Vietnam’s stock market: Buckle up and proceed with caution
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Vietnam’s stock market: Buckle up and proceed with caution

Vietnam’s stock market is roaring as speculative money chases the few listed stocks. Reform is on the way and the potential for growth is clear. Meanwhile, the market remains over-hyped, poorly regulated and lethal for the uninitiated. Chris Leahy reports.

From pipe dreams to pipeline

IT IS EASY to locate the buildings that make up Vietnam’s physical stock market. The trading is something else. People huddle in coffee shops, offices and on street corners. Wherever you go in Saigon, Vietnam’s easy-going business capital, officially known as Ho Chi Minh City, the market is everywhere. From businessmen to bus drivers, housewives to hotel clerks, everyone is in the market and everyone has an angle.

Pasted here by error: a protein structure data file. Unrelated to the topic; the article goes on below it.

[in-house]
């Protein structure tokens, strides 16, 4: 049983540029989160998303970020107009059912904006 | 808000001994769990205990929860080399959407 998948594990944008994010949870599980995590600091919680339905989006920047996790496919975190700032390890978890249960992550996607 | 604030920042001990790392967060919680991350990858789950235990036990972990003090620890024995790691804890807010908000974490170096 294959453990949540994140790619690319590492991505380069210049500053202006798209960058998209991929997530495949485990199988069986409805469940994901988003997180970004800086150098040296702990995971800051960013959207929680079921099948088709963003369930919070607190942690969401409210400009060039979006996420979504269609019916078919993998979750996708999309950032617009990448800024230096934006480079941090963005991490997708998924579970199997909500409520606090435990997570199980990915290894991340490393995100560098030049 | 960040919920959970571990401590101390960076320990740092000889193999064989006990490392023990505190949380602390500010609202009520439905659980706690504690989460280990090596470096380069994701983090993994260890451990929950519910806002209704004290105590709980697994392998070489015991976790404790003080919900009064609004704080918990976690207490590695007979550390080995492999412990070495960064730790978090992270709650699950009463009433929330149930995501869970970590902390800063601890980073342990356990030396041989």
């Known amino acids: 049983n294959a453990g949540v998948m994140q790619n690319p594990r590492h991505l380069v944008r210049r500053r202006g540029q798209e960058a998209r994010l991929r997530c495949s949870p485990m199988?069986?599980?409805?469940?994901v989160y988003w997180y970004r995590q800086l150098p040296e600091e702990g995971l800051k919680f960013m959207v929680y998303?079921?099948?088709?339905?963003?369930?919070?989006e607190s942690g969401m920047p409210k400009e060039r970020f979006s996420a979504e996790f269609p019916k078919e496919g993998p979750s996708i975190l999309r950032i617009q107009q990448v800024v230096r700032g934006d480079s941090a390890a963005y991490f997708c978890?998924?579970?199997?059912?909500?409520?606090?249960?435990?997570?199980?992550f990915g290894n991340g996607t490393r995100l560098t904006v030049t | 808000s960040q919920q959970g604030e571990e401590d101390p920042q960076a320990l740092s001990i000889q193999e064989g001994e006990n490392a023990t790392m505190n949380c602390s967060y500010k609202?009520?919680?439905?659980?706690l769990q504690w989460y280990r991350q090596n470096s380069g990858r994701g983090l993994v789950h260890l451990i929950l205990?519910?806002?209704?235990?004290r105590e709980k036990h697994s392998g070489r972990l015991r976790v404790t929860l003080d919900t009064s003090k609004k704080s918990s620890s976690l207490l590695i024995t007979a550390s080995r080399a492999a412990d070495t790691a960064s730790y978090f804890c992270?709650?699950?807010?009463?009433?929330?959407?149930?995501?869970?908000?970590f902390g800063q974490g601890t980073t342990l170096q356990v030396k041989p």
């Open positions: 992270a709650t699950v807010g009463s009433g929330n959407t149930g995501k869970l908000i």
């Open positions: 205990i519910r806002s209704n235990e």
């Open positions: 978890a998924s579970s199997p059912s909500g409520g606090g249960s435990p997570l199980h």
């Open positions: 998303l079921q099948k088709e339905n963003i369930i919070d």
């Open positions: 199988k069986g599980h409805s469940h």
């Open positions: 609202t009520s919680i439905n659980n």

“Investors aren’t thinking about what they’re doing at the moment,” says To Hai, director of Bao Viet Securities Company in Saigon, the largest stockbroker in the market. “They just buy: they don’t care about P/E ratios or return on equity.”

Since the market started in 2000, five years later than planned, the VN Index, the official market benchmark has tripled. Daily turnover, although still modest compared with regional peers, has increased sharply. Talk in town is confident of a doubling in the market in 2006. Vietnam has never had it so good.

There is, however, a different picture lurking behind the headlines. Despite the market’s exuberant recent performance, it remains small, easily manipulated and hopelessly lopsided. Just 34 stocks are listed on a market, valued at a little more than $1 billion.

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